With the recent emergence in the African region of new COVID-19 variants which seem to have higher transmissibility, the World Health Organization (WHO) calls on countries to boost genomic surveillance and analysis through the African genome sequencing laboratory network to detect any new mutations and strengthen the efforts to curb the pandemic.

South Africa recently detected a new SARS-CoV-2 variant, which appears to transmit more easily and is likely linked to the ongoing surge of COVID-19 infections in the country. Further analysis is underway to determine the full epidemiological significance of this mutation. Nigeria is also carrying out more investigations on a variant identified in samples collected in August and October.

“The emergence of new COVID-19 variants is common. However, those with higher speed of transmission or potentially increased pathogenicity are very concerning. Crucial investigations are underway to comprehensively understand the behaviour of the new mutant virus and steer response accordingly,” said Dr Matshidiso Moeti, WHO Regional Director for Africa.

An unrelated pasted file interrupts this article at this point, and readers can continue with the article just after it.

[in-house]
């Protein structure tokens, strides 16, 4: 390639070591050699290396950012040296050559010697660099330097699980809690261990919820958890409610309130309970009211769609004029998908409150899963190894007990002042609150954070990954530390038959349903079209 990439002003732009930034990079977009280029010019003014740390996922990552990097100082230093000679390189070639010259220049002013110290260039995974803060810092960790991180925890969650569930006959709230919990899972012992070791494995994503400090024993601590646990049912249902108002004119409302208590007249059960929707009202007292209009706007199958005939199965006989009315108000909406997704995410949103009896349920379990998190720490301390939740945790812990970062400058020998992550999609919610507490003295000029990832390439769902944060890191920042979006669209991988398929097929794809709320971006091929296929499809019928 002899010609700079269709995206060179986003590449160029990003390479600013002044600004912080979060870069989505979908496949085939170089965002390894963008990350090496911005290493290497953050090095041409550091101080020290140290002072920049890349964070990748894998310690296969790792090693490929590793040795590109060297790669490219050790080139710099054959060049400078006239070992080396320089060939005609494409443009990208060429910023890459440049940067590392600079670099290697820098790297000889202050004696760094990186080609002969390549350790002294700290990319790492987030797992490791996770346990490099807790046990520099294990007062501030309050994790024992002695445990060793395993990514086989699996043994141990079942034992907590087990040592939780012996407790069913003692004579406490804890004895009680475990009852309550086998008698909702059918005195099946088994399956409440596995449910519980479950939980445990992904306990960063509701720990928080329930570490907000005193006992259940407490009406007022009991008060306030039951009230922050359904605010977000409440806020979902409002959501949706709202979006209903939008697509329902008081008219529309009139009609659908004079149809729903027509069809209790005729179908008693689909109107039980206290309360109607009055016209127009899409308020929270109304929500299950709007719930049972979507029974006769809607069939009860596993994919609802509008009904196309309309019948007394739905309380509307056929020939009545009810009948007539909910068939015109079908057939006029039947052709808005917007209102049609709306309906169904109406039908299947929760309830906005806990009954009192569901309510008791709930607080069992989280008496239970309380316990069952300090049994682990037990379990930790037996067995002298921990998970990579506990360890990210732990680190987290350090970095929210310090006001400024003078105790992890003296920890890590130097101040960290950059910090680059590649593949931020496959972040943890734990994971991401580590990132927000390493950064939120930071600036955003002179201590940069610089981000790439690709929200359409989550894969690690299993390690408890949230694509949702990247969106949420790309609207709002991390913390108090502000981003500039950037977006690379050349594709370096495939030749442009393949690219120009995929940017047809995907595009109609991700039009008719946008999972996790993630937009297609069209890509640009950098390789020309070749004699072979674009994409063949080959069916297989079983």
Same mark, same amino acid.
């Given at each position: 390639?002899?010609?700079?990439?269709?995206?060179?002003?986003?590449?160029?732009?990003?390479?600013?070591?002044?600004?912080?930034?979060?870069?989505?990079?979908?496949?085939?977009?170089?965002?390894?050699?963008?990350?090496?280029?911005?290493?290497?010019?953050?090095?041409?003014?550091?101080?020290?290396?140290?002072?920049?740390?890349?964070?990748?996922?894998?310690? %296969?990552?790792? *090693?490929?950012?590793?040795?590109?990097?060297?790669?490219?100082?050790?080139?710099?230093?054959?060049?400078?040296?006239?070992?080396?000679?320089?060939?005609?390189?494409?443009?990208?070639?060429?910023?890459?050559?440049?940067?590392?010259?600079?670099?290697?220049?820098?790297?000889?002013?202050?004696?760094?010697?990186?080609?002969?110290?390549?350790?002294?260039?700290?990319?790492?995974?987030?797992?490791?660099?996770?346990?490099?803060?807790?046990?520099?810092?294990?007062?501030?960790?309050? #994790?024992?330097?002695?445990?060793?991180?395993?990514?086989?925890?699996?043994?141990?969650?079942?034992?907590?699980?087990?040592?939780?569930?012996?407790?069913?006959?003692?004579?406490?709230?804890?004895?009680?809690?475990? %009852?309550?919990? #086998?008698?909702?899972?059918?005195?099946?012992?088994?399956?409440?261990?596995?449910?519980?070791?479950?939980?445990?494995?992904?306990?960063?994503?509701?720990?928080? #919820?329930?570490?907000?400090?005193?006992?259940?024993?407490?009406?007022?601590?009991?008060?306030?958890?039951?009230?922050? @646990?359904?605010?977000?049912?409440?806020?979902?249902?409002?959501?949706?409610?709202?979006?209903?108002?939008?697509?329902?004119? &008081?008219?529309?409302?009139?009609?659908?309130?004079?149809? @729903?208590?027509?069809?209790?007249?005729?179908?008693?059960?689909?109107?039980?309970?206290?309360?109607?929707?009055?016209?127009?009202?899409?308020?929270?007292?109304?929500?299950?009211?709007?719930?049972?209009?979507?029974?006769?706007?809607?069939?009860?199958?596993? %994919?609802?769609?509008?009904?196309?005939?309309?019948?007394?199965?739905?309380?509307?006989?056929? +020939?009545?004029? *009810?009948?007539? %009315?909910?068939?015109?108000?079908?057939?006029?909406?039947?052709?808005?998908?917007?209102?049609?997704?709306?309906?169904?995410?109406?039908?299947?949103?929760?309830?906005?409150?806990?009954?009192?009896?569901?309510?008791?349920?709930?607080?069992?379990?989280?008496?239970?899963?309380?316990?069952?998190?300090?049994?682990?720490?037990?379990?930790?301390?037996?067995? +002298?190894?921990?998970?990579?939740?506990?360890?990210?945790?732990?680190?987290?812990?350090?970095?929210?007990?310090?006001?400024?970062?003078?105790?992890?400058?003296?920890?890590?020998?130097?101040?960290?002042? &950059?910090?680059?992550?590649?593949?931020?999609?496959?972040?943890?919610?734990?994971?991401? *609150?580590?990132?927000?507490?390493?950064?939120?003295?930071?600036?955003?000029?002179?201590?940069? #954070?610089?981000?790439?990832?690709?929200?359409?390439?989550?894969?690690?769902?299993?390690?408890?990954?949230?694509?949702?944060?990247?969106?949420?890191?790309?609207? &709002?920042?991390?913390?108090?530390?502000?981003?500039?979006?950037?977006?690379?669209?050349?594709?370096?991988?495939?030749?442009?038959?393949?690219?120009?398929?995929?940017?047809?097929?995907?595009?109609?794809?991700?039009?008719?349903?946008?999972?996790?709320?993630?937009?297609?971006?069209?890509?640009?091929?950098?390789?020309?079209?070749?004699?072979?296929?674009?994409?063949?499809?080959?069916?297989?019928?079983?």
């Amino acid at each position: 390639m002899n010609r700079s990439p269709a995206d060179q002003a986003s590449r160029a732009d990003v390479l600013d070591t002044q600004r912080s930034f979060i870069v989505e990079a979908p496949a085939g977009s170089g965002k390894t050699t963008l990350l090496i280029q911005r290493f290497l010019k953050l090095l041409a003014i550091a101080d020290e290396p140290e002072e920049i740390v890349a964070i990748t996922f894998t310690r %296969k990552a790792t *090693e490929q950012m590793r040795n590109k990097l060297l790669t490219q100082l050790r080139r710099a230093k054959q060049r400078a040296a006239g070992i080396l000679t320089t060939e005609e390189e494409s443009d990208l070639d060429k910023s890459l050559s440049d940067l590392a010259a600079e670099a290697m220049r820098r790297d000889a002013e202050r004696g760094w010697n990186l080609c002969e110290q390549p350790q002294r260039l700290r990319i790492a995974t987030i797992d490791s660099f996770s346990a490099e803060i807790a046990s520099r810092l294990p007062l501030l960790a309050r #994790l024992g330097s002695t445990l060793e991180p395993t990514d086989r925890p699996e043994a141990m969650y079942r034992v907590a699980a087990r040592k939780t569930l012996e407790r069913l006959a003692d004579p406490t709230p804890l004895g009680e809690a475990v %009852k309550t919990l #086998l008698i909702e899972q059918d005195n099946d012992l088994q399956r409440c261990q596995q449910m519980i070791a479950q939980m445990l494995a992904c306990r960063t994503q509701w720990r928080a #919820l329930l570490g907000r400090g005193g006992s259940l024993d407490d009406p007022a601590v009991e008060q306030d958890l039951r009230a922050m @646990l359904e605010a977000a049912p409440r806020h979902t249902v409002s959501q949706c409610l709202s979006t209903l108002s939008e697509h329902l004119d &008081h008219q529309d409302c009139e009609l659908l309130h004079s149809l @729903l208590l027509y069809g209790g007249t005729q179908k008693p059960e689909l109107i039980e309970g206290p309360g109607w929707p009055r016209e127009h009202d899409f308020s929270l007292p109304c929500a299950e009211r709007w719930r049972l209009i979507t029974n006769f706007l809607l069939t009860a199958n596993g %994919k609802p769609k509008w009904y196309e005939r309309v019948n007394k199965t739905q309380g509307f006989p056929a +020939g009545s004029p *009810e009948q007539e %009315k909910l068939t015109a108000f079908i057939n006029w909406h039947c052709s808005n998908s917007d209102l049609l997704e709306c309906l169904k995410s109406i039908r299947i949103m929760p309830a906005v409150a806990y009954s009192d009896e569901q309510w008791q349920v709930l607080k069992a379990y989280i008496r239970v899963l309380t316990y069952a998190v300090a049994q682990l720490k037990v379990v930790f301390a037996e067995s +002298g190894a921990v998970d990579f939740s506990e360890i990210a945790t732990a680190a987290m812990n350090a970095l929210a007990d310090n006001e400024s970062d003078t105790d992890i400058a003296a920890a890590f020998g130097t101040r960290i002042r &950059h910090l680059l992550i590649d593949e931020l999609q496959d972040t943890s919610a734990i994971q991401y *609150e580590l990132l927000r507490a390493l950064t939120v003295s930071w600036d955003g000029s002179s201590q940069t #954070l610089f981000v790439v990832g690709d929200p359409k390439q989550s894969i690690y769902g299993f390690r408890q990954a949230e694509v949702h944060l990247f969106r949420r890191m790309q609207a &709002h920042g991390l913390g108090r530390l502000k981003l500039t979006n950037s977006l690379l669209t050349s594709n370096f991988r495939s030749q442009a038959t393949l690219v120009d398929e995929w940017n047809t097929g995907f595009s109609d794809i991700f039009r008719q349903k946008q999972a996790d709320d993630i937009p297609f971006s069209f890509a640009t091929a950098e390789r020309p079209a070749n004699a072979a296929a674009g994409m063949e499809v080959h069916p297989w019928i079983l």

In September 2020, WHO and the Africa Centres for Disease Control and Prevention launched network of 12 laboratories in Africa to reinforce genome sequencing of the SARS-CoV-2. As of 23 December, 4948 sequences had been produced in the region, representing just 2% of the 295 101 sequences done so far worldwide.

South Africa, which has carried out most of the 4948 sequences, has identified 35 SARS-CoV-2 lineages, and Nigeria 18. Grouping viruses from different countries into the same lineage or sub-lineage shows linkage or importation of viruses between countries.

The WHO Regional Office for Africa is providing technical guidance and mobilizing additional financial support to speed up the genomic sequencing in most countries in the region as well as assisting in shipping samples to regional reference laboratories from countries that do not have specialized diagnostic facilities.

“While surveillance and detection of COVID-19 are critical components of the response to the pandemic, public health measures such as handwashing, physical distancing and wearing of masks also remain key to limiting infection,” said Dr Moeti. “The current preventive measures are effective even on the new SARS-CoV-2 variants.”

The new variants have emerged as COVID-19 infections are on the rise in the 47 countries in the WHO African region, nearly reaching the peak seen in July. In the past 28 days, Algeria, Botswana, Burkina Faso, Democratic Republic of the Congo, Ethiopia, Kenya, Namibia, Nigeria, South Africa and Uganda have reported the highest number of new cases, accounting for 90% of all the infections in the region.

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